How much media do you see in a single day?
God knows there’s more than ever being produced. In the next 24 hours, for example, the New York Times will write more than 700 stories, the Huffington Post will post 1,200, Forbes and BuzzFeed will generate 300 to 400 and Slate another 60. Of course, this is just the smallest sip from the fire hose. Throw in, say, YouTube, and you’ve got 144,000 hours of new video to watch every day.
How do we sift through this onslaught of news and information? Largely by using social media. People now routinely cull through their favorite sites for photographs and bits of news, then post them online. Collectively, we’ve pinned more than 30 billion items on Pinterest, shared a staggering 400 billion photos on Facebook and tweeted more than 300 billion times so far.
Cutting, pasting, collating: This feels like a new behavior, a desperate attempt to cope with a radical case of information overload. But it’s actually a quite venerable urge. Indeed, back in the 19th century we had a similarly intense media barrage, and we used a very similar technology to handle it: the scrapbook.
“Scrapbooking was the blogging of that period,” says Ellen Gruber Garvey, an English professor at New Jersey City University, and author of Writing With Scissors, an erudite history of scrapbooks. “It has all these parallels to what we do today.”
We don’t often think of the 19th century as a frazzled period, but it had its own explosion of media. When the one-cent newspaper debuted in 1833, daily print suddenly became a mass phenomenon—and in barely a few decades, large cities like New York hosted up to dozens of daily newspapers. Meanwhile, this crazy new technology called “photography” emerged, producing its own blizzard of curious new forms—such as cartes de visite, pictorial calling cards.
And we panicked. Much as with today’s web, people complained there was too much to read. “We have so many old newspapers that we cannot afford house-room for them all,” as one woman fretted in 1873. Worse, this new flow of news and journals seemed unsettlingly transitory—news that vanished the day after it arrived. “The magazine, in a generation that must run as it reads, takes the place of the book,” as a columnist wrote in Harper’s New Monthly.
“There was tremendous anxiety about how much people were reading this fleeting material,” Garvey adds.
The solution to overload? For tens of thousands of Americans, it was the scrapbook. It let them take this ephemeral media, find the best parts, and give them permanence—and gravitas—by pasting them into a book.
It was a new gloss on an old habit. Avid readers for centuries had kept “commonplace” books, in which they copied out quotes to reread. But with scrapbooks, you didn’t copy things out. You literally snipped the material out itself, capturing its pretty typography and page design. Our modern habit of “cut and paste” was born.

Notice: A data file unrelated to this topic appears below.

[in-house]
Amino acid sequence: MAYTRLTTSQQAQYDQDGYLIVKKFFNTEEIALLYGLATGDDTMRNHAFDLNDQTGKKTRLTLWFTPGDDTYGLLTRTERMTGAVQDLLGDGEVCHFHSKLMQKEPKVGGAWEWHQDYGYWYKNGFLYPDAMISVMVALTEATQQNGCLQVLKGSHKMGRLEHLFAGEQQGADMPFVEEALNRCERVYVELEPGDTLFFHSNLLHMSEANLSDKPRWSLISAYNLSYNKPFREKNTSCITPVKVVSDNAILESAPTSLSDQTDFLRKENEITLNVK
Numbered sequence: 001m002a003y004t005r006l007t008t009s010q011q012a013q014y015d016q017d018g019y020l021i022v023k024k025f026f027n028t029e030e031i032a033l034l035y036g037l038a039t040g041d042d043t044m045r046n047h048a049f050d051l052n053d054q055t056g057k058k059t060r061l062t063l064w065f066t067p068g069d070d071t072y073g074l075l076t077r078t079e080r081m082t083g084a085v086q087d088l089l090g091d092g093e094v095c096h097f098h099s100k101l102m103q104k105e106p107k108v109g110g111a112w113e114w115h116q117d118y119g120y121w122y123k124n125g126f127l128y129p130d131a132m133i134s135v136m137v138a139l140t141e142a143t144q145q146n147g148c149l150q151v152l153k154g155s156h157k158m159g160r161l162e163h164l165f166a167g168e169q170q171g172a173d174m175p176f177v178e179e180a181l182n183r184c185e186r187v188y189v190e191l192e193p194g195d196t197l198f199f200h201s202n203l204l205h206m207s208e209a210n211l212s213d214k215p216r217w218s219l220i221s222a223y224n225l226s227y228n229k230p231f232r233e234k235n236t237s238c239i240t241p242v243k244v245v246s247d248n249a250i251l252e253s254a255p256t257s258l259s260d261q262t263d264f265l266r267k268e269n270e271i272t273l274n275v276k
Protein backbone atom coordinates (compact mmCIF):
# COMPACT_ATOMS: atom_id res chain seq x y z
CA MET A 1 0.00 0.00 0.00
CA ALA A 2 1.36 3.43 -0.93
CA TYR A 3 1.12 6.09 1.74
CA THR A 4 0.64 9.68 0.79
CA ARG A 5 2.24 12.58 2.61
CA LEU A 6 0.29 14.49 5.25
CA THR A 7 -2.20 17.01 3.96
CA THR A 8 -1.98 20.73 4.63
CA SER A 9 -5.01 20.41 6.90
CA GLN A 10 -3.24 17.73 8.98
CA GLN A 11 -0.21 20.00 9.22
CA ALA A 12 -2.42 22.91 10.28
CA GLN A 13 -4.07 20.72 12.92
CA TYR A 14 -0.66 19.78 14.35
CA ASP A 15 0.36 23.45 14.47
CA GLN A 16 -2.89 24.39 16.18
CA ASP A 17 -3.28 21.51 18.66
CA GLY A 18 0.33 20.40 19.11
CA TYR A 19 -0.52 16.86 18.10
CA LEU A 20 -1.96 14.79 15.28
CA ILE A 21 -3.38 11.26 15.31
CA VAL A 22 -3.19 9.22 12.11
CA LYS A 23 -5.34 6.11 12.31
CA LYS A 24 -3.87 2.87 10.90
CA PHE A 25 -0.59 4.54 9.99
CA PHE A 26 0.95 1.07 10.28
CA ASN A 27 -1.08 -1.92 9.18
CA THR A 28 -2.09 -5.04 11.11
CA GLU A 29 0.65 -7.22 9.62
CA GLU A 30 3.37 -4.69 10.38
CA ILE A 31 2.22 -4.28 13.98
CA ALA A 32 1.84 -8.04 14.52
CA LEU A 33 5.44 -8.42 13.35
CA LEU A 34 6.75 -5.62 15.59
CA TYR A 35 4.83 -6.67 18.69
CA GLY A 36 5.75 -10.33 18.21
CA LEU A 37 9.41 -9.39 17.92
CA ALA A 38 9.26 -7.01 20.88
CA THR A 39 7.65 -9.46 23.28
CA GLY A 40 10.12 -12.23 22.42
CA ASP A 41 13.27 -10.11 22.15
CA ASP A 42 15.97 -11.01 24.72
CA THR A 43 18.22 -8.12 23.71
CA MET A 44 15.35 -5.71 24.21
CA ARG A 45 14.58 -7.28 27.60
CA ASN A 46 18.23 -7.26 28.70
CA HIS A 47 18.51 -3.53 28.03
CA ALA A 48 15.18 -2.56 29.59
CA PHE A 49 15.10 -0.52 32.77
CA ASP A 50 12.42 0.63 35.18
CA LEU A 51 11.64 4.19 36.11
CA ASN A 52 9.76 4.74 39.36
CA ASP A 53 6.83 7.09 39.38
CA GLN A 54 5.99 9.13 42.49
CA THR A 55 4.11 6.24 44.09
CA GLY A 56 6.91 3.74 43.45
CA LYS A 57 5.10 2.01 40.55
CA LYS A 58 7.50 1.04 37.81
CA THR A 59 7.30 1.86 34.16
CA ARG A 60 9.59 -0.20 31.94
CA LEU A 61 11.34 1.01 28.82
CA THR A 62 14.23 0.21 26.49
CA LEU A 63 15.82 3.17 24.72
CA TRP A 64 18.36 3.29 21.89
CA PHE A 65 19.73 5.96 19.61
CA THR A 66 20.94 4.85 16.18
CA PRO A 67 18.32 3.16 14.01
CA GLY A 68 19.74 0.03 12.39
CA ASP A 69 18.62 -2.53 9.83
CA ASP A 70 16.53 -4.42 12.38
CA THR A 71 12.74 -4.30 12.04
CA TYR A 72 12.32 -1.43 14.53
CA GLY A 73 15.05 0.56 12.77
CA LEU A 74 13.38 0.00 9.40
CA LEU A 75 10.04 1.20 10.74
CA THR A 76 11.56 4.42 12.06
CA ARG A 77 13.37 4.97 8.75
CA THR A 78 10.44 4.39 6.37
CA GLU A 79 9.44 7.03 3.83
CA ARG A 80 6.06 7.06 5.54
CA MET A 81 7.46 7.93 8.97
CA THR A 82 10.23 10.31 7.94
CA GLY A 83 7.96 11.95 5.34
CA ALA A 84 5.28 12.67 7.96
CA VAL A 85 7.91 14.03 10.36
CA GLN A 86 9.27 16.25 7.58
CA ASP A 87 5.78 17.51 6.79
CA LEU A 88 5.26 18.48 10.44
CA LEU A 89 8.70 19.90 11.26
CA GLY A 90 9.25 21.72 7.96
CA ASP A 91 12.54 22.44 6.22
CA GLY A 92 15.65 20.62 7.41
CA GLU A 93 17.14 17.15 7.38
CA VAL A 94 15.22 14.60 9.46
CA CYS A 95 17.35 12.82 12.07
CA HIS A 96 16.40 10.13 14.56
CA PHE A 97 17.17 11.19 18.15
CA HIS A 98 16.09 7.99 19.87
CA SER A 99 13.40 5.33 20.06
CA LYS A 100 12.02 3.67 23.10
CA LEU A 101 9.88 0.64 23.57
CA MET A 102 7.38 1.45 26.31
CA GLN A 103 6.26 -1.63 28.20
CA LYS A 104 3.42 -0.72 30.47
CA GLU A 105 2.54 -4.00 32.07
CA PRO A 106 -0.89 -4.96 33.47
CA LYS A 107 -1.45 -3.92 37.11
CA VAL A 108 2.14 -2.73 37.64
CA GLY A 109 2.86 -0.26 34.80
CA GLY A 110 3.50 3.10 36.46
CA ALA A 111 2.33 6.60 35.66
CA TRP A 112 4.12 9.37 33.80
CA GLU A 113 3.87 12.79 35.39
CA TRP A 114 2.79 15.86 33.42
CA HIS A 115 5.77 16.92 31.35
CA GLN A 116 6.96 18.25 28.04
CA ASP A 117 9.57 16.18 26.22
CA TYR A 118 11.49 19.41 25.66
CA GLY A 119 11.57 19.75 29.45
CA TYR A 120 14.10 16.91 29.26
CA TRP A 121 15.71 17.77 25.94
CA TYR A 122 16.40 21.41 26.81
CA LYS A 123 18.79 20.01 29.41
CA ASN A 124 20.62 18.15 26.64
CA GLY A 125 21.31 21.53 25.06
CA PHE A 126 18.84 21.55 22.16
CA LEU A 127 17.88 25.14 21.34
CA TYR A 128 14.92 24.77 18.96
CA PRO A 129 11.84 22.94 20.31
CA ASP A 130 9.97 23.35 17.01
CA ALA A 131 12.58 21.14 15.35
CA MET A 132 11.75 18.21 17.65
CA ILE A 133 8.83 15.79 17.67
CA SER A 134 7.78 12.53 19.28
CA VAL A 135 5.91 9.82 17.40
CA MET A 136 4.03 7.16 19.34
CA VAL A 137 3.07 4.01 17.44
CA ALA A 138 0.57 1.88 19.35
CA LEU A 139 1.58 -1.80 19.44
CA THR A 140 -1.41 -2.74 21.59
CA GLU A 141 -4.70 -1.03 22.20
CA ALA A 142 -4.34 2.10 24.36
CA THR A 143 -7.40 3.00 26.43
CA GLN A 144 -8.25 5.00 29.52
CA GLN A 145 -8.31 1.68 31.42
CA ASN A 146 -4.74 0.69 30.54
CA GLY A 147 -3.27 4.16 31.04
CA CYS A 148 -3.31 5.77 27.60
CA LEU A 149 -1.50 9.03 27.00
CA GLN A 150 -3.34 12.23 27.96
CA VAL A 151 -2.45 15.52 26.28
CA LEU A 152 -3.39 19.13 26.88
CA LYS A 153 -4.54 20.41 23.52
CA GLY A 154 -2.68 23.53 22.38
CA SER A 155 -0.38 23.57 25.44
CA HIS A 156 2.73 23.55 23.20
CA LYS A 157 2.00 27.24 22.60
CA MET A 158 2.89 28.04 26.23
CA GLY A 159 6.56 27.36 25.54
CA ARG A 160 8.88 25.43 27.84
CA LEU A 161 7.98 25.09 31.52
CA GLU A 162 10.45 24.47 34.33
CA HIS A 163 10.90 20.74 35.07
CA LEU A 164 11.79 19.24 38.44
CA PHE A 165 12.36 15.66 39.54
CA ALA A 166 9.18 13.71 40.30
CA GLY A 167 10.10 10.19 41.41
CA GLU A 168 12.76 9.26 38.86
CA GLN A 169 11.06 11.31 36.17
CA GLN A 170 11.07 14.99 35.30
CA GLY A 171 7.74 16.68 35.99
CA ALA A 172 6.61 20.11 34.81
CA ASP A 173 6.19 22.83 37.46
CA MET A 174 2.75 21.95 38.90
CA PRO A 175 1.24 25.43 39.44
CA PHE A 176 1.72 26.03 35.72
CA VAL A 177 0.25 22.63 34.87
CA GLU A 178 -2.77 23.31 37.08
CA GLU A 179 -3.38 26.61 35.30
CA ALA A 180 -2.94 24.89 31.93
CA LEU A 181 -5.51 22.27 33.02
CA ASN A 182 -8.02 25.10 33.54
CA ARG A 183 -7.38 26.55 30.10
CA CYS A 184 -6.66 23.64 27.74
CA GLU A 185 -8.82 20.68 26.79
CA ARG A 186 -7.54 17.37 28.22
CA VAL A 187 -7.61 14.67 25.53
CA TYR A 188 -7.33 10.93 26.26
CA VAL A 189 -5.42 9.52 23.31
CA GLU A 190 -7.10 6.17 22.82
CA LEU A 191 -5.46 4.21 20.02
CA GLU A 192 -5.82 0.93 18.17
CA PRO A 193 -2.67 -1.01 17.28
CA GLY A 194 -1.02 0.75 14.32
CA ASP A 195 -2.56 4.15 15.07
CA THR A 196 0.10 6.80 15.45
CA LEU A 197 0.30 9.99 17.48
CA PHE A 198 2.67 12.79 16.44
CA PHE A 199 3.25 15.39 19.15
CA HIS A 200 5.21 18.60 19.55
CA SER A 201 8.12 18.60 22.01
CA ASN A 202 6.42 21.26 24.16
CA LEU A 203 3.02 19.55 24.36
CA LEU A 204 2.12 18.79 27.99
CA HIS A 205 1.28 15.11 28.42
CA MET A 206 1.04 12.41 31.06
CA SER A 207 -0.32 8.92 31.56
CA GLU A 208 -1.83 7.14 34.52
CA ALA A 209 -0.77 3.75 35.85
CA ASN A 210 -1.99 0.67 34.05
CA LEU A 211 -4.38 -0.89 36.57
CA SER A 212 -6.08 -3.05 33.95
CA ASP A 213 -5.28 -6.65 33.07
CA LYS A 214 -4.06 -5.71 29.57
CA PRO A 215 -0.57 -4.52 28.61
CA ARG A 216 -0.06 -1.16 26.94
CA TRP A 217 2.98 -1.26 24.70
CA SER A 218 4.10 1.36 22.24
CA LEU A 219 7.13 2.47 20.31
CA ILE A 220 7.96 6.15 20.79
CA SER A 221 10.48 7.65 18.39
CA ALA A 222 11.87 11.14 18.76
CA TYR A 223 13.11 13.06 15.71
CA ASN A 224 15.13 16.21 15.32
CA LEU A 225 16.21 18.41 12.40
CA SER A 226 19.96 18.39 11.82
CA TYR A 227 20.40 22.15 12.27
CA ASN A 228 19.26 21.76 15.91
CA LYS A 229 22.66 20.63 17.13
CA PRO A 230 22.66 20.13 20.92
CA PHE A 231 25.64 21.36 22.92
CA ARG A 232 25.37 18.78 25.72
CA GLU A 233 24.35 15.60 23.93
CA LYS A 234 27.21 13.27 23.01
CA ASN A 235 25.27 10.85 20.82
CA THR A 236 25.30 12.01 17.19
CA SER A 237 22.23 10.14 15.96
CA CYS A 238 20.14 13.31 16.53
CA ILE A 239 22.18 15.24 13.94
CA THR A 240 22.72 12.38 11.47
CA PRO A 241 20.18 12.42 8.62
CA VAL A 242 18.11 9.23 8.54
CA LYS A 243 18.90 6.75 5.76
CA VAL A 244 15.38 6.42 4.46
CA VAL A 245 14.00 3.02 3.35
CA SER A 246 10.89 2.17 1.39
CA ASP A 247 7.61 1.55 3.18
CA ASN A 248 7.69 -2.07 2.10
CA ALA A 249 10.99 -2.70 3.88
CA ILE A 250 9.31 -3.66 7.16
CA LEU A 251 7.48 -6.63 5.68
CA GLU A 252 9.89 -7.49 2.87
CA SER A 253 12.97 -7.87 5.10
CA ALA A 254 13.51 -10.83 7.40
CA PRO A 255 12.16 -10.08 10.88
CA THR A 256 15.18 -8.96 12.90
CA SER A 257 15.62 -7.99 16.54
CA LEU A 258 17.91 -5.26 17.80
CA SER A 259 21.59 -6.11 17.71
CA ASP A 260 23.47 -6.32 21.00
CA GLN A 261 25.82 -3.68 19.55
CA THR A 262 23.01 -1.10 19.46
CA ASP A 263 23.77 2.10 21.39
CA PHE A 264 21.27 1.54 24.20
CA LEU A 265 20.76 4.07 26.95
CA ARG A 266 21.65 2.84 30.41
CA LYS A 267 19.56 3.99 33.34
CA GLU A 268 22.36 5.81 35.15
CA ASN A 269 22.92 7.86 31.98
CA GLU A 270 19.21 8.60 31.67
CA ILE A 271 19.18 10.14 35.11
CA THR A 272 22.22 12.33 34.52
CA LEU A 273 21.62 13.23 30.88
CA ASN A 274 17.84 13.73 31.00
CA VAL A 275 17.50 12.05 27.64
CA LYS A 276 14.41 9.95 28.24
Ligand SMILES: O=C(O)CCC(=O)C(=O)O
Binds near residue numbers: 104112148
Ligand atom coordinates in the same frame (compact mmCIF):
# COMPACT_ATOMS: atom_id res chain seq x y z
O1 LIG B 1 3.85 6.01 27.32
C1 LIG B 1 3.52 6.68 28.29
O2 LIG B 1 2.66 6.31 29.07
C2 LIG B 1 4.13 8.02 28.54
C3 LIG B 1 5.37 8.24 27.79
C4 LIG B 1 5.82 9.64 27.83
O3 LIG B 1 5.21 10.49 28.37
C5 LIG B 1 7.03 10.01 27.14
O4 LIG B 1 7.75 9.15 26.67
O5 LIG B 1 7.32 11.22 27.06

For many, scrapbooks became a proto-Wikipedia—a way to retain information that might be useful or interesting later on. They were used in all walks of life. The schoolteacher Frances A. Smith hoped to marry a farmer and move west, so to prepare a pile of knowledge, around 1870 she began clipping and pasting everything a farm wife might want—ranging from remedies for children’s scaly rashes to details about cows and lightning rods. A 1920s homemaker, Mary Shultz, created a database of stains and how to remove them, by saving actual scraps of besmirched cloth next to recipes for cleaning that specific glop.
Meanwhile, newshounds cataloged their obsessions, one of which was death. A Midwesterner morbidly collected a scrapbook of obituaries, including articles with delightfully gothic titles like “Hid Their Victims in a Ditch” and “Two Weeks With a Corpse: A Senile Mother Alone in a Farm House With Her Daughter’s Remains.”
Scrapbookers were also aesthetes. Enchanted by the sumptuous graphic design on display in this new world of daily publications, they clipped and saved color prints and advertisements. The mid-to-late 19th century “was the first time the average person saw something in color,” says Susan Tucker, an archivist and curator at Tulane University and co-editor of The Scrapbook in American Life. “These seemed too precious to throw away.”
But was all this clipping good for you? As with today’s new media, scrapbookers and pundits debated the cognitive effect of this new hobby. Did it make you too focused on trivia? Did it improve your memory, or make it worse?
One enthusiast, E. W. Gurley, claimed that scrapbookers would make more attentive readers, because they were constantly looking for things to save. “We read for a purpose, look for something and keep it when found,” he wrote. Many serious authors agreed. Louisa May Alcott, author of Little Women, claimed her copious clippings had informed her novels: “The habit of reading with a pair of scissors in my hand,” she wrote, “has stood me in good stead for much of my literary work.”